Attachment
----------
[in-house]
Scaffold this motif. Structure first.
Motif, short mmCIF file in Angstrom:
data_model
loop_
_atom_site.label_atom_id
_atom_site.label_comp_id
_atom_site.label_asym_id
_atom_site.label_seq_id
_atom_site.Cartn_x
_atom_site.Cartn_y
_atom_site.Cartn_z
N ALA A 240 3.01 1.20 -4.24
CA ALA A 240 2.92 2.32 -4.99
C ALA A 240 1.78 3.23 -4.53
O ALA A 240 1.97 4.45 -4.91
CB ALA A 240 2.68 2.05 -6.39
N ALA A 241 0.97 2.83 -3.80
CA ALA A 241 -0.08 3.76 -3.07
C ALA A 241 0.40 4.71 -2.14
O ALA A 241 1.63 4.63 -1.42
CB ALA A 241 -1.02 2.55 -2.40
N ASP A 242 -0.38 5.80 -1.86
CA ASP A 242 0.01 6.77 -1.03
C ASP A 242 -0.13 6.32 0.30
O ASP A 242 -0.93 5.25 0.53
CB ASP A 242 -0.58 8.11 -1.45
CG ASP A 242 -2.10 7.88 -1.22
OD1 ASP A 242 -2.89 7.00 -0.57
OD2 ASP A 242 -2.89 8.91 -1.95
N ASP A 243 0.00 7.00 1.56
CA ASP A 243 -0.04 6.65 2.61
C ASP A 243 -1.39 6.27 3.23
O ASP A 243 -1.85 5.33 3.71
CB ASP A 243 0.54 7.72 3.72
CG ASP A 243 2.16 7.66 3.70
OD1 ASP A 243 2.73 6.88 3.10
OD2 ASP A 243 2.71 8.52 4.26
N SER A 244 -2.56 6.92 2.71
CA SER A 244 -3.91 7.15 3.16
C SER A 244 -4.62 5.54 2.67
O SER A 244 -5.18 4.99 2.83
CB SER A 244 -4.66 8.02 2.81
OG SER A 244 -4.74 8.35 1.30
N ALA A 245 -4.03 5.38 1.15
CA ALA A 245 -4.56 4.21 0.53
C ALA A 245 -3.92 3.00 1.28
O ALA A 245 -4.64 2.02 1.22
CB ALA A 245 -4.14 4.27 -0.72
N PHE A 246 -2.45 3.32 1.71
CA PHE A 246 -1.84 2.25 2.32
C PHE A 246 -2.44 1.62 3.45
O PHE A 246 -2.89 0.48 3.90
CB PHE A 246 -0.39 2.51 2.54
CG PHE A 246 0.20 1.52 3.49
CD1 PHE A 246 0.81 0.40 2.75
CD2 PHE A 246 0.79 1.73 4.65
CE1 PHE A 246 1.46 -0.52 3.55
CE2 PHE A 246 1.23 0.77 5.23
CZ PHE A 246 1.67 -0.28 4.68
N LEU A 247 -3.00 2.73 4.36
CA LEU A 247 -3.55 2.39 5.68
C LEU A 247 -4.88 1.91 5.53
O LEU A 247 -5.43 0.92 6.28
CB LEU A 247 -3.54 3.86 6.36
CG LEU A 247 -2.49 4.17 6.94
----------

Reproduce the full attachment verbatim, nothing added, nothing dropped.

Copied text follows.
[in-house]
Scaffold this motif. Structure first.
Motif, short mmCIF file in Angstrom:
data_model
loop_
_atom_site.label_atom_id
_atom_site.label_comp_id
_atom_site.label_asym_id
_atom_site.label_seq_id
_atom_site.Cartn_x
_atom_site.Cartn_y
_atom_site.Cartn_z
N ALA A 240 3.01 1.20 -4.24
CA ALA A 240 2.92 2.32 -4.99
C ALA A 240 1.78 3.23 -4.53
O ALA A 240 1.97 4.45 -4.91
CB ALA A 240 2.68 2.05 -6.39
N ALA A 241 0.97 2.83 -3.80
CA ALA A 241 -0.08 3.76 -3.07
C ALA A 241 0.40 4.71 -2.14
O ALA A 241 1.63 4.63 -1.42
CB ALA A 241 -1.02 2.55 -2.40
N ASP A 242 -0.38 5.80 -1.86
CA ASP A 242 0.01 6.77 -1.03
C ASP A 242 -0.13 6.32 0.30
O ASP A 242 -0.93 5.25 0.53
CB ASP A 242 -0.58 8.11 -1.45
CG ASP A 242 -2.10 7.88 -1.22
OD1 ASP A 242 -2.89 7.00 -0.57
OD2 ASP A 242 -2.89 8.91 -1.95
N ASP A 243 0.00 7.00 1.56
CA ASP A 243 -0.04 6.65 2.61
C ASP A 243 -1.39 6.27 3.23
O ASP A 243 -1.85 5.33 3.71
CB ASP A 243 0.54 7.72 3.72
CG ASP A 243 2.16 7.66 3.70
OD1 ASP A 243 2.73 6.88 3.10
OD2 ASP A 243 2.71 8.52 4.26
N SER A 244 -2.56 6.92 2.71
CA SER A 244 -3.91 7.15 3.16
C SER A 244 -4.62 5.54 2.67
O SER A 244 -5.18 4.99 2.83
CB SER A 244 -4.66 8.02 2.81
OG SER A 244 -4.74 8.35 1.30
N ALA A 245 -4.03 5.38 1.15
CA ALA A 245 -4.56 4.21 0.53
C ALA A 245 -3.92 3.00 1.28
O ALA A 245 -4.64 2.02 1.22
CB ALA A 245 -4.14 4.27 -0.72
N PHE A 246 -2.45 3.32 1.71
CA PHE A 246 -1.84 2.25 2.32
C PHE A 246 -2.44 1.62 3.45
O PHE A 246 -2.89 0.48 3.90
CB PHE A 246 -0.39 2.51 2.54
CG PHE A 246 0.20 1.52 3.49
CD1 PHE A 246 0.81 0.40 2.75
CD2 PHE A 246 0.79 1.73 4.65
CE1 PHE A 246 1.46 -0.52 3.55
CE2 PHE A 246 1.23 0.77 5.23
CZ PHE A 246 1.67 -0.28 4.68
N LEU A 247 -3.00 2.73 4.36
CA LEU A 247 -3.55 2.39 5.68
C LEU A 247 -4.88 1.91 5.53
O LEU A 247 -5.43 0.92 6.28
CB LEU A 247 -3.54 3.86 6.36
CG LEU A 247 -2.49 4.17 6.94